2019 Summer Undergraduate Research Program (SURP)

Presentation Type

Open Access Poster Presentation

Keywords

Fusarium; Gene editing; CRISPR-assciated protein 9;

Abstract

Fusarium graminearum is a pathogenic fungus that causes scab or Fusarium head blight disease in barley and wheat. The disease not only reduces yield, but it also contaminates the kernel with harmful toxins. Therefore, the disease causes economic loss and poses a health risk to humans and animals (McMullen et al., 2012). There is no natural resistance to scab disease in barley and there are no effective fungicides to control it. Alternative approaches to protect barley from this devastating disease are badly needed. In recent years, an RNA-guided genome-editing system known as clustered regularly interspaced short palindromic repeat and CRISPR-associated protein 9 (CRISPR/Cas9), has become a popular method for genome modification (Jinek et al., 2012). This technology is a modification of the defense mechanism that many bacteria and archaea use to protect themselves against invading DNA viruses. CRISPR/Cas9 can be used to mutate genomes and make a pathogenic organism less infectious. During the 2019 SURP, we tested whether mutating F. graminearum with CRISPR/Cas9 makes it less infectious. We used CRISPR/Cas9 plasmids to mutate three genes in F. graminearum. One of the genes (AUR1) is a visual marker and the other two genes (MGV1 and Tri5) are essential for infection. The CRISPR/Cas9 plasmids also contained a hygromycin B resistance gene for selection. We transformed F. graminearum protoplasts and selected colonies on media containing hygromycin B. We hypothesized that transforming F. graminearum protoplasts with CRISPR/Cas9 plasmids would edit the target genes. We recovered many colonies on selective media. This suggests that colonies carry the CRISPR/Cas9 plasmids. However, we were unable to detect plasmid DNA in the colonies we screened by PCR. This might be due to the fact that F. graminearum is multinucleated and not all nuclei are transformed. Further research is needed to make the screening process more efficient in order to isolate homokaryons (cells with multiple identical nuclei).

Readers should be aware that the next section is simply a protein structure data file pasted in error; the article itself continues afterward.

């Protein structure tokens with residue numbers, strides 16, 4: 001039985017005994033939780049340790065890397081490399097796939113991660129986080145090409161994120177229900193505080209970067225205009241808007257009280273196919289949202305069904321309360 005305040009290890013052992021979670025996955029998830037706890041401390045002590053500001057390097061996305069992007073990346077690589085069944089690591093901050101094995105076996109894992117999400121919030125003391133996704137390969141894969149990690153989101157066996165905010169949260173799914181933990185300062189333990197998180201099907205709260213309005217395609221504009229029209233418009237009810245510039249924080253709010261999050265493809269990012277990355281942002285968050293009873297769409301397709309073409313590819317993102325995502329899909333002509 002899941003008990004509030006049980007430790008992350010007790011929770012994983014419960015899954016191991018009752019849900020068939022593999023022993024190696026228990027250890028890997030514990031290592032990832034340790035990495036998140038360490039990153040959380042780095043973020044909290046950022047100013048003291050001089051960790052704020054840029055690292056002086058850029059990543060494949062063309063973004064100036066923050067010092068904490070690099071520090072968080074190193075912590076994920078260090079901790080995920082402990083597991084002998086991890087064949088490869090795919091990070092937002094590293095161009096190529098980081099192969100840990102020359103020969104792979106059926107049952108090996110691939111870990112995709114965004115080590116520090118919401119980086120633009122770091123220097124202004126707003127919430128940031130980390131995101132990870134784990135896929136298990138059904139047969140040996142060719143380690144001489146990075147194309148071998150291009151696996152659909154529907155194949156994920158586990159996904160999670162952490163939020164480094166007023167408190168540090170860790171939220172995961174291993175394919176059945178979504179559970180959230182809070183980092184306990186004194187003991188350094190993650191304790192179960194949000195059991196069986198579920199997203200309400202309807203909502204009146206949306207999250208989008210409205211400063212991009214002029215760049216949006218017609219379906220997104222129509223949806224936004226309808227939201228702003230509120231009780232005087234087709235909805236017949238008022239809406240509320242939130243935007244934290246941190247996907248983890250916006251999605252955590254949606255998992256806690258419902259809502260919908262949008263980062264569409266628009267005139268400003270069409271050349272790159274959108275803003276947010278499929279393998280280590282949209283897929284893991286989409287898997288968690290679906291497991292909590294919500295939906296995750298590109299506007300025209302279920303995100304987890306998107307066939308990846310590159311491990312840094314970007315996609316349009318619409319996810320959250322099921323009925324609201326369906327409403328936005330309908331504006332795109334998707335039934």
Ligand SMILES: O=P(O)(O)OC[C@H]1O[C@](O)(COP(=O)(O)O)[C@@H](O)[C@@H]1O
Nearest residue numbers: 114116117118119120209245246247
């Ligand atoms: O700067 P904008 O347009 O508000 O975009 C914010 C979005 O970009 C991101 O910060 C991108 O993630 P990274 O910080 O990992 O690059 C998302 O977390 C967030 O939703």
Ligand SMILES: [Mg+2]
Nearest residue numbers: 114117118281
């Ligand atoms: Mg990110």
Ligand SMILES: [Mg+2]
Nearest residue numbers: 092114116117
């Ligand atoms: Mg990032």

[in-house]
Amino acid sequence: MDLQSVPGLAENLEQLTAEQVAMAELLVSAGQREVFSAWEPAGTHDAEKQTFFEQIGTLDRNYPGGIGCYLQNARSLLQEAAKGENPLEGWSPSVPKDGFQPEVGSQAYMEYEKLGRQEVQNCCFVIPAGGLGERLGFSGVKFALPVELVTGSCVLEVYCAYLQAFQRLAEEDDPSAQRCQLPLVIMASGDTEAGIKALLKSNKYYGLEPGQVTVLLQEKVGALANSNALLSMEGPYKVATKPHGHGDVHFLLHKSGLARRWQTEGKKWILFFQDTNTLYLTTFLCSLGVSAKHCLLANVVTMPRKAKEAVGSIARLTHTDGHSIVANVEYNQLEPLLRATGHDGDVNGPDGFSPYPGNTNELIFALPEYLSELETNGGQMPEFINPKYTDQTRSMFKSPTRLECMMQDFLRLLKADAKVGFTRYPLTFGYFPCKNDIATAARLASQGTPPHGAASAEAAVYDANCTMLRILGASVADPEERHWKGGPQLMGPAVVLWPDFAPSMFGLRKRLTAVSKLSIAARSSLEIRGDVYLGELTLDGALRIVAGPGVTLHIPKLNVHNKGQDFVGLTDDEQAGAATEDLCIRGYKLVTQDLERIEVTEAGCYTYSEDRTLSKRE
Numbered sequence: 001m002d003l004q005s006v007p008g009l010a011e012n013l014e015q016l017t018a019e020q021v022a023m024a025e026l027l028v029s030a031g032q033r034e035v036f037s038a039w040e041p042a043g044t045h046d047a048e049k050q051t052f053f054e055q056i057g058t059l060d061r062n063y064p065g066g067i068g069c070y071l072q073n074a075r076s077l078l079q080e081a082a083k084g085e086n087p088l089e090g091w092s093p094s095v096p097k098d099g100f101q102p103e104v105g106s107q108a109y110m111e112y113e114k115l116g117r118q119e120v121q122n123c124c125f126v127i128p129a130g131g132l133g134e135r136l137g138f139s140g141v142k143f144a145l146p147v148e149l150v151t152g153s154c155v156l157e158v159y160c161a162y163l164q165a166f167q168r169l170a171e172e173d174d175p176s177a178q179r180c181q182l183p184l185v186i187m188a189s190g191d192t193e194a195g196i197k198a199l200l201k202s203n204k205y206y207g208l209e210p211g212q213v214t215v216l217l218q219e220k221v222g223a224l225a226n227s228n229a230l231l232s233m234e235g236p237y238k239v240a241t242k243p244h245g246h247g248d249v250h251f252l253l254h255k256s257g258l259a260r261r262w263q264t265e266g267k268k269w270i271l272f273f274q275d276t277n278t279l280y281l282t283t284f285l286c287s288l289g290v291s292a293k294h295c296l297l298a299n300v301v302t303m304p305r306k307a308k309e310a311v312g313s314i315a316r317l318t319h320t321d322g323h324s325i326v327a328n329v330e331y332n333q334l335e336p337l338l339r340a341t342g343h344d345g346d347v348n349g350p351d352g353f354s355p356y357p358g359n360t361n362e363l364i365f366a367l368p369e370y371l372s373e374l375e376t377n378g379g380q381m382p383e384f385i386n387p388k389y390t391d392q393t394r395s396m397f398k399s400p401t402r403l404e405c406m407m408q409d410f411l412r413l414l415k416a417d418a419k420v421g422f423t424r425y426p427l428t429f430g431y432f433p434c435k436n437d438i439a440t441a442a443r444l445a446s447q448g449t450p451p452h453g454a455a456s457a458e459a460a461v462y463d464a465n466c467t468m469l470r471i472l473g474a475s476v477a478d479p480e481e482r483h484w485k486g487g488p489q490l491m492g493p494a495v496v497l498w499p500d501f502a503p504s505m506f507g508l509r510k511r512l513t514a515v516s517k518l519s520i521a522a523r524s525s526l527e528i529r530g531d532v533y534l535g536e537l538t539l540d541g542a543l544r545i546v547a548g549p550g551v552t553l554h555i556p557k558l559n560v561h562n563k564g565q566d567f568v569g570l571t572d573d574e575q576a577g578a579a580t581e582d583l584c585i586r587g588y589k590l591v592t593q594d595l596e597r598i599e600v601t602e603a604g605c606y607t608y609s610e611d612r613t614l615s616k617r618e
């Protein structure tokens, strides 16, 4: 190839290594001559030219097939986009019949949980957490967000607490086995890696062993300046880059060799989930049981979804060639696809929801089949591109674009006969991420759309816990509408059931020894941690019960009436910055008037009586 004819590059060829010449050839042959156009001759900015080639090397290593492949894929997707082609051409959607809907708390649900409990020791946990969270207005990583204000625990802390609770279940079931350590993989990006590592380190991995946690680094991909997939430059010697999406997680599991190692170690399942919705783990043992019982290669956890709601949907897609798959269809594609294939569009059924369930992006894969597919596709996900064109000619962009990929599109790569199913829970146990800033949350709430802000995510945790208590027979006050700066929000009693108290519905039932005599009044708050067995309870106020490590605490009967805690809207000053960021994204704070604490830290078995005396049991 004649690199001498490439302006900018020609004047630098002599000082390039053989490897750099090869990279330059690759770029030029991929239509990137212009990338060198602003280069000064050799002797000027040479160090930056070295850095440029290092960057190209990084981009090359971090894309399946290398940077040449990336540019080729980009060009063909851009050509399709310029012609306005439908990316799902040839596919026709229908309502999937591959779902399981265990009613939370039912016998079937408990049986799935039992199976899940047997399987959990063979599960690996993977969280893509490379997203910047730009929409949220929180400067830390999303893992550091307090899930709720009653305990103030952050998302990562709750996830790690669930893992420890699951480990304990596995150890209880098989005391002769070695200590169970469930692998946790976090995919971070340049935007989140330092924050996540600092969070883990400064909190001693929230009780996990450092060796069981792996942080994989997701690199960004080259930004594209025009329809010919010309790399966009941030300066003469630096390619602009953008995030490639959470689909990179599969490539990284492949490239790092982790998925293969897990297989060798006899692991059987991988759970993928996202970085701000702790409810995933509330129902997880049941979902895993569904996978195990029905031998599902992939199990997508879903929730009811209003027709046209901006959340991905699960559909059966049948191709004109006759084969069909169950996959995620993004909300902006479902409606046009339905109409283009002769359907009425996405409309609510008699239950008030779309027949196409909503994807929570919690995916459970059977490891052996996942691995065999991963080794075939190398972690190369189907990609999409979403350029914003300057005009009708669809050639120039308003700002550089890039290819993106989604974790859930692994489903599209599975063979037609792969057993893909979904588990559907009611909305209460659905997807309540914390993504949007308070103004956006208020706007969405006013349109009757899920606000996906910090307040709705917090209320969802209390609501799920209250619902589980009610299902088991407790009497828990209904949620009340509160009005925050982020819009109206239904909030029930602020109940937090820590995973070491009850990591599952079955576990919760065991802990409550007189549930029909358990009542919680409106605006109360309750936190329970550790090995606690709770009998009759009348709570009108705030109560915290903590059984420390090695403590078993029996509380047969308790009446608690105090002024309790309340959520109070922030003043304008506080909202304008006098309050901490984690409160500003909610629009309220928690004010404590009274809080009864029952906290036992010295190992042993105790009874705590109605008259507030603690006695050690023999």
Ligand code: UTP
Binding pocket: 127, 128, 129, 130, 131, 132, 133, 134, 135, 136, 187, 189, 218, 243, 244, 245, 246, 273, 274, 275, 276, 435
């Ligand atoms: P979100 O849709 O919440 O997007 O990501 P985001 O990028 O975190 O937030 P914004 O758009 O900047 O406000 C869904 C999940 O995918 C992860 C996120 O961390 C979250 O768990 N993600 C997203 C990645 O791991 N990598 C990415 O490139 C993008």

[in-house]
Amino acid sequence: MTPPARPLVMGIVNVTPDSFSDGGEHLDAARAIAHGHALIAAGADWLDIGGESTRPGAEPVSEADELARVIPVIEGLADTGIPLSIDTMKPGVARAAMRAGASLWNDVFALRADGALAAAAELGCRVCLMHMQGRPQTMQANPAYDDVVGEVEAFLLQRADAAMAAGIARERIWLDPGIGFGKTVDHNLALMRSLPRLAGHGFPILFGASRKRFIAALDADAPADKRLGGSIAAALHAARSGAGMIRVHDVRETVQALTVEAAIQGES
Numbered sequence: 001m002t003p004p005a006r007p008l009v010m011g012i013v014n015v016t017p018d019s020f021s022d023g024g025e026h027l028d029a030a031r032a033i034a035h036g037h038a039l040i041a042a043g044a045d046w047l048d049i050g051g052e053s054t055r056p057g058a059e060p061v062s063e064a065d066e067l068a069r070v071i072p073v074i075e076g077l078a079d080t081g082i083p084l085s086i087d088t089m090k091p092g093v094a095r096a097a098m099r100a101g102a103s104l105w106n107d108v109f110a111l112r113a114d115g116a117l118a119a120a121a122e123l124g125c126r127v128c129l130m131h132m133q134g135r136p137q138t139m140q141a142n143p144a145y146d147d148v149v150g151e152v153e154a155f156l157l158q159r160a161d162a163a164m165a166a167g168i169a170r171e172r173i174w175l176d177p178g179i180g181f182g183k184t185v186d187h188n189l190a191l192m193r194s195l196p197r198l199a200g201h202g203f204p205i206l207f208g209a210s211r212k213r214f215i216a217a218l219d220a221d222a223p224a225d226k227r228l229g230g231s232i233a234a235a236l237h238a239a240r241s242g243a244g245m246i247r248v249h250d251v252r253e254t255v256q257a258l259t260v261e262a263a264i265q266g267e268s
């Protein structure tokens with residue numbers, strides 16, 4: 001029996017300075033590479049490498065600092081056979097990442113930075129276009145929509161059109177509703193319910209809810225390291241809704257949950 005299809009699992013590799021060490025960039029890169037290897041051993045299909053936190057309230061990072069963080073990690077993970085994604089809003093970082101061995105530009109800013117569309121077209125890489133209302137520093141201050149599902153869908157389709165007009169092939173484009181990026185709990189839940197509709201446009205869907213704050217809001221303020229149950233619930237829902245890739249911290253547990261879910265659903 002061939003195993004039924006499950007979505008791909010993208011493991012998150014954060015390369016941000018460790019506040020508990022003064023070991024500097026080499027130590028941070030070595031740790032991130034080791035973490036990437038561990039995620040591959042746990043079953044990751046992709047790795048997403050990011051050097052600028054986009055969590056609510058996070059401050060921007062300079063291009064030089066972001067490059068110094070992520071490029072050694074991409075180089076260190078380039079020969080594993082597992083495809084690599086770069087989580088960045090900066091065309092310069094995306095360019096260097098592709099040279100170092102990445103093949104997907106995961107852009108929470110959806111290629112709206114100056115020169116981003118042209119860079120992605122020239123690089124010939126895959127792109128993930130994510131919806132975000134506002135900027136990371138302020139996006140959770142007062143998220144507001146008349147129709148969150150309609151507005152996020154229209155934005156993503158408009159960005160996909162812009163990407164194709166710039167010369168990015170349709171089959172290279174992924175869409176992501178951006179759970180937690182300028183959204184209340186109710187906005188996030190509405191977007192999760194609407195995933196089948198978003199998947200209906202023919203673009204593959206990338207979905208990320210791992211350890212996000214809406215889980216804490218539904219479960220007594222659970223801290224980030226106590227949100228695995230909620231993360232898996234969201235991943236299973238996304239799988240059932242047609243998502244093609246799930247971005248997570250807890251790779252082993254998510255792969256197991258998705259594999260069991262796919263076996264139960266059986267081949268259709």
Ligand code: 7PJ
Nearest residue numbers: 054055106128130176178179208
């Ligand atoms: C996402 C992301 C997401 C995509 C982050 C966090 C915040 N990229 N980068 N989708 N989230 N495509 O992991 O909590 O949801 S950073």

Start Date

2-8-2019 11:30 AM

End Date

2-8-2019 1:30 PM

Event Host

Summer Undergraduate Research Program, University of Northern Iowa

Faculty Advisor

Tilahun Abebe

Department

Department of Biology

File Format

application/pdf

Included in

Genetics Commons

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Aug 2nd, 11:30 AM Aug 2nd, 1:30 PM

Editing Fusarium graminearum genome with CRISPR/Cas9

Fusarium graminearum is a pathogenic fungus that causes scab or Fusarium head blight disease in barley and wheat. The disease not only reduces yield, but it also contaminates the kernel with harmful toxins. Therefore, the disease causes economic loss and poses a health risk to humans and animals (McMullen et al., 2012). There is no natural resistance to scab disease in barley and there are no effective fungicides to control it. Alternative approaches to protect barley from this devastating disease are badly needed. In recent years, an RNA-guided genome-editing system known as clustered regularly interspaced short palindromic repeat and CRISPR-associated protein 9 (CRISPR/Cas9), has become a popular method for genome modification (Jinek et al., 2012). This technology is a modification of the defense mechanism that many bacteria and archaea use to protect themselves against invading DNA viruses. CRISPR/Cas9 can be used to mutate genomes and make a pathogenic organism less infectious. During the 2019 SURP, we tested whether mutating F. graminearum with CRISPR/Cas9 makes it less infectious. We used CRISPR/Cas9 plasmids to mutate three genes in F. graminearum. One of the genes (AUR1) is a visual marker and the other two genes (MGV1 and Tri5) are essential for infection. The CRISPR/Cas9 plasmids also contained a hygromycin B resistance gene for selection. We transformed F. graminearum protoplasts and selected colonies on media containing hygromycin B. We hypothesized that transforming F. graminearum protoplasts with CRISPR/Cas9 plasmids would edit the target genes. We recovered many colonies on selective media. This suggests that colonies carry the CRISPR/Cas9 plasmids. However, we were unable to detect plasmid DNA in the colonies we screened by PCR. This might be due to the fact that F. graminearum is multinucleated and not all nuclei are transformed. Further research is needed to make the screening process more efficient in order to isolate homokaryons (cells with multiple identical nuclei).